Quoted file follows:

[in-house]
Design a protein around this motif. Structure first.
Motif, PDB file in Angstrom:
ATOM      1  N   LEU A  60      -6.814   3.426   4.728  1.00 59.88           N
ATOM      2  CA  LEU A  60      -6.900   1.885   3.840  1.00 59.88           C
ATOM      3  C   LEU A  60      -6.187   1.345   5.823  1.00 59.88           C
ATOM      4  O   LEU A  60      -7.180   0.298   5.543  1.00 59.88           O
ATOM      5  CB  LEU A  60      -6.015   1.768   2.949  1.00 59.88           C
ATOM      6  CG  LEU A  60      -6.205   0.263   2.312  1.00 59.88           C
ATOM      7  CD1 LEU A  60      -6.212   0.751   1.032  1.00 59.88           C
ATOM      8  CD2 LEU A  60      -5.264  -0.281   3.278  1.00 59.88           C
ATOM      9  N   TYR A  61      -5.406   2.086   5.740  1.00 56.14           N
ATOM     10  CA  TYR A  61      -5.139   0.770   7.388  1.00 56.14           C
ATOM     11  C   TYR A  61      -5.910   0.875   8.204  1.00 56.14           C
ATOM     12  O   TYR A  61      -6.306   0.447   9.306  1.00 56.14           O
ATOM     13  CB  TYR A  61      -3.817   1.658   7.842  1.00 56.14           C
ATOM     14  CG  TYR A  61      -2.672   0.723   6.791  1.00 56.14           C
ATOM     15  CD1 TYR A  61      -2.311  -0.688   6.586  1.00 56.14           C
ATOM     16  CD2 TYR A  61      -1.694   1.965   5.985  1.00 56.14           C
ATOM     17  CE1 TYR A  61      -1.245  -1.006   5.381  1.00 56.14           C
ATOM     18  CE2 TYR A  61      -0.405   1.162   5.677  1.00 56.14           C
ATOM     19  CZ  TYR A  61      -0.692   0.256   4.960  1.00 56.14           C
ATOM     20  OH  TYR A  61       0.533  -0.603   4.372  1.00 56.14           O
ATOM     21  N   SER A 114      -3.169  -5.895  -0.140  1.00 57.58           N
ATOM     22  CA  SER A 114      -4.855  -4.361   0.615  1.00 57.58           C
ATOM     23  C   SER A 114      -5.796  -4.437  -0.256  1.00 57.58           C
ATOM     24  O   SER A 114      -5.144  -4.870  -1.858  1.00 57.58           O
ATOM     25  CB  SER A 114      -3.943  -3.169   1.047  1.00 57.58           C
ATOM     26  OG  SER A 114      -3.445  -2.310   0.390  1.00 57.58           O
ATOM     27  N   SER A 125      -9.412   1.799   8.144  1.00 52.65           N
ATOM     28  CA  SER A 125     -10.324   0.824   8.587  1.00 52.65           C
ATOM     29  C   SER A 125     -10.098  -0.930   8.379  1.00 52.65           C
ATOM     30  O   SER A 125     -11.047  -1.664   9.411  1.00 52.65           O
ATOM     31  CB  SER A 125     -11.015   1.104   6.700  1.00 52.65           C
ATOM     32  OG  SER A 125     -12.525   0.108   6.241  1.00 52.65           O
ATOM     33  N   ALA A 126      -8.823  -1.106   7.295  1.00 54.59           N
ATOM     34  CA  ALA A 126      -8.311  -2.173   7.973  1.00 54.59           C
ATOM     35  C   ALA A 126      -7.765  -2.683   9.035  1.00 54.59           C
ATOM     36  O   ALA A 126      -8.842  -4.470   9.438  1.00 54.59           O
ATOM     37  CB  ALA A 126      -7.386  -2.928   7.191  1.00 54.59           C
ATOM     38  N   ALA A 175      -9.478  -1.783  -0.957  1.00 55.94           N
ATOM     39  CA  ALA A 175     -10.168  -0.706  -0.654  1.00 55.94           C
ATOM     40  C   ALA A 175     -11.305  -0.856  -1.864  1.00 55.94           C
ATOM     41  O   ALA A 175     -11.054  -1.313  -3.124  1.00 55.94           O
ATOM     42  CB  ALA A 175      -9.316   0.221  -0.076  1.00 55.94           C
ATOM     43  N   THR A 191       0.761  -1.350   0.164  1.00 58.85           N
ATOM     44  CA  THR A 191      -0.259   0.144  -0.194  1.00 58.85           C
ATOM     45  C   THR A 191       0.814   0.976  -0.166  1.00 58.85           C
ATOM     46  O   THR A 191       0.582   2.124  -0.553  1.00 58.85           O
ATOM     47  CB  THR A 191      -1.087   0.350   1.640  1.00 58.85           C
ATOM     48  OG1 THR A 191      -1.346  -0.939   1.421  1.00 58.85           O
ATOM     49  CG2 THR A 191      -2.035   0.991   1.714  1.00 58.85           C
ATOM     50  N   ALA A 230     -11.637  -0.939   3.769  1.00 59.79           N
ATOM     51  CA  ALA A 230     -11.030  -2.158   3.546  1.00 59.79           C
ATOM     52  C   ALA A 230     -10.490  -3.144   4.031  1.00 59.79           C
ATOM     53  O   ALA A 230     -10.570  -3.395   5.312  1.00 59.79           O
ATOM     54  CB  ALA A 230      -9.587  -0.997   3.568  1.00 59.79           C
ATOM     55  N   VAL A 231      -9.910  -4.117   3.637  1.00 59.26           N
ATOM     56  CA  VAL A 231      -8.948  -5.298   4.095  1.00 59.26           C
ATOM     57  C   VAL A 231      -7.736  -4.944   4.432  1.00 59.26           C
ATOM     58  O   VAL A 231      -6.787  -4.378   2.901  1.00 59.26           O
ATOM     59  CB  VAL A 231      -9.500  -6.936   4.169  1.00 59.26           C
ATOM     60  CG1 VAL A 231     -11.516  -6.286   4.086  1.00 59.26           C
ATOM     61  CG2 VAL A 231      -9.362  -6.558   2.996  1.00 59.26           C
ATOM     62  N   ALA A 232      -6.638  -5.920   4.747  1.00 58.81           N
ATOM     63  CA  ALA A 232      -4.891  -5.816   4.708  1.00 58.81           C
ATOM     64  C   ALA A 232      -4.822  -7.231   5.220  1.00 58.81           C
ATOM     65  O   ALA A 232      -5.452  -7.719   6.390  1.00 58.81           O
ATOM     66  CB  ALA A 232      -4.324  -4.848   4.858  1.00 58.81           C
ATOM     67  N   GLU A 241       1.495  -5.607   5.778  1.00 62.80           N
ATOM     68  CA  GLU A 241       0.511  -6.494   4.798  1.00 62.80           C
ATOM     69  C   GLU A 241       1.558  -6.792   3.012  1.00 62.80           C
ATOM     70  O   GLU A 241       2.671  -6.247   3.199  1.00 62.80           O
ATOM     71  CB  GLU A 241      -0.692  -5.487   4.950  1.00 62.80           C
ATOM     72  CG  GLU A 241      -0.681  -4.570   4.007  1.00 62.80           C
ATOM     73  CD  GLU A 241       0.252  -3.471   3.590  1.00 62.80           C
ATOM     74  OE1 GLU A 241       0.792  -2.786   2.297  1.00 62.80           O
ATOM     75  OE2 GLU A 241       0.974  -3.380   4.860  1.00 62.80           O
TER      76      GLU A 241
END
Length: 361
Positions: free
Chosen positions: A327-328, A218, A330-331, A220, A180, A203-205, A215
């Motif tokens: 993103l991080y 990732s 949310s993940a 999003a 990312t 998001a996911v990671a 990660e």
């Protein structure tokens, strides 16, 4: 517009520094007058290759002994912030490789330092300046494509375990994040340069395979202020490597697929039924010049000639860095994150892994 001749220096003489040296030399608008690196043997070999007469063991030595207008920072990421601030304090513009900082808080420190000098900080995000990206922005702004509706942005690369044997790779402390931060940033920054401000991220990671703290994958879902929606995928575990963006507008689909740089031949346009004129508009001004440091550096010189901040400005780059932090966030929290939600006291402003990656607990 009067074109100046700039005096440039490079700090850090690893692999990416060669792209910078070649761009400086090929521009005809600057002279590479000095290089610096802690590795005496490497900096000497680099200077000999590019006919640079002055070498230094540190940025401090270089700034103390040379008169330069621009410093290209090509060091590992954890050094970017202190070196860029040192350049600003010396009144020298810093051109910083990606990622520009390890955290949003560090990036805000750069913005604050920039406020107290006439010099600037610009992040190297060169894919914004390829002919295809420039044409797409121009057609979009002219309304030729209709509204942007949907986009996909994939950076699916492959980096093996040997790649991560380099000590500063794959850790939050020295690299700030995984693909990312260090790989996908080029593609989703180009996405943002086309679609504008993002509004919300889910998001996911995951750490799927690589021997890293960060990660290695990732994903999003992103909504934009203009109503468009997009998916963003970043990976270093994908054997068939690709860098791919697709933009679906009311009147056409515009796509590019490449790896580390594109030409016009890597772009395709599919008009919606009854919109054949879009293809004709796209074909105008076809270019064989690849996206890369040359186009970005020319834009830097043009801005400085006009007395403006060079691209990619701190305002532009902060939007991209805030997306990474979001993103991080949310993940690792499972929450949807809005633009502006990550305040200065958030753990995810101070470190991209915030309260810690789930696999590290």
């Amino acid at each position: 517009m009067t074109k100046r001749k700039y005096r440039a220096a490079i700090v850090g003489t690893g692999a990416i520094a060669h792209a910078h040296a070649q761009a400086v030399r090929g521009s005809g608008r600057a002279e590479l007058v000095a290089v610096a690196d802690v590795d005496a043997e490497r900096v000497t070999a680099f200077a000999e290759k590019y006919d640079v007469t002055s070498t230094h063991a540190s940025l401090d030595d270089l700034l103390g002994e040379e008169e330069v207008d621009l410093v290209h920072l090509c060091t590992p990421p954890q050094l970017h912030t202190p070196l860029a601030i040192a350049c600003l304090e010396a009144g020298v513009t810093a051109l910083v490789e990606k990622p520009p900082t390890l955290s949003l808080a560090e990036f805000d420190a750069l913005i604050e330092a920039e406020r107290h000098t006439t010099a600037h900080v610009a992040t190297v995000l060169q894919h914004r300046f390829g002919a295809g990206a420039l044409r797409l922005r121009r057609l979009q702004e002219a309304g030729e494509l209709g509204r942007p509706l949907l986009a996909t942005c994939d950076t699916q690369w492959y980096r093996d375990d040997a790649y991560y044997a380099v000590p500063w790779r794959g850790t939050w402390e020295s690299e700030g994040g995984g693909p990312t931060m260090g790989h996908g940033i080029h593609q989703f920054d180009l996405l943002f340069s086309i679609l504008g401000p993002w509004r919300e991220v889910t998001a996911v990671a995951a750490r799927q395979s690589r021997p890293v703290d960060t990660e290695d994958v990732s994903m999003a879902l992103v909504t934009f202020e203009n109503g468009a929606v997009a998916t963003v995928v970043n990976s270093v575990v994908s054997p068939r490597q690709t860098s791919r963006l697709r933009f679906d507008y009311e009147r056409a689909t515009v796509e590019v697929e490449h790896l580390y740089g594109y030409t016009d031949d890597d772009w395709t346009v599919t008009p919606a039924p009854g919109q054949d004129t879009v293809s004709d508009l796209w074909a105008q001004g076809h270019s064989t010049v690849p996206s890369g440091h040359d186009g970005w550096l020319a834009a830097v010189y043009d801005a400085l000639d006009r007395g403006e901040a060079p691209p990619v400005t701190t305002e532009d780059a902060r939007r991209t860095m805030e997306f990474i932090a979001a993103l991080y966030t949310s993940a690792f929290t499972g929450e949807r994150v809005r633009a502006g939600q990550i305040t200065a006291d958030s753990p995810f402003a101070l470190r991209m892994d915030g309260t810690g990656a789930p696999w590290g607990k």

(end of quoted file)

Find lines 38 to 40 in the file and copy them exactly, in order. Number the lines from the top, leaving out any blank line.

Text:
ATOM     35  C   ALA A 126      -7.765  -2.683   9.035  1.00 54.59           C
ATOM     36  O   ALA A 126      -8.842  -4.470   9.438  1.00 54.59           O
ATOM     37  CB  ALA A 126      -7.386  -2.928   7.191  1.00 54.59           C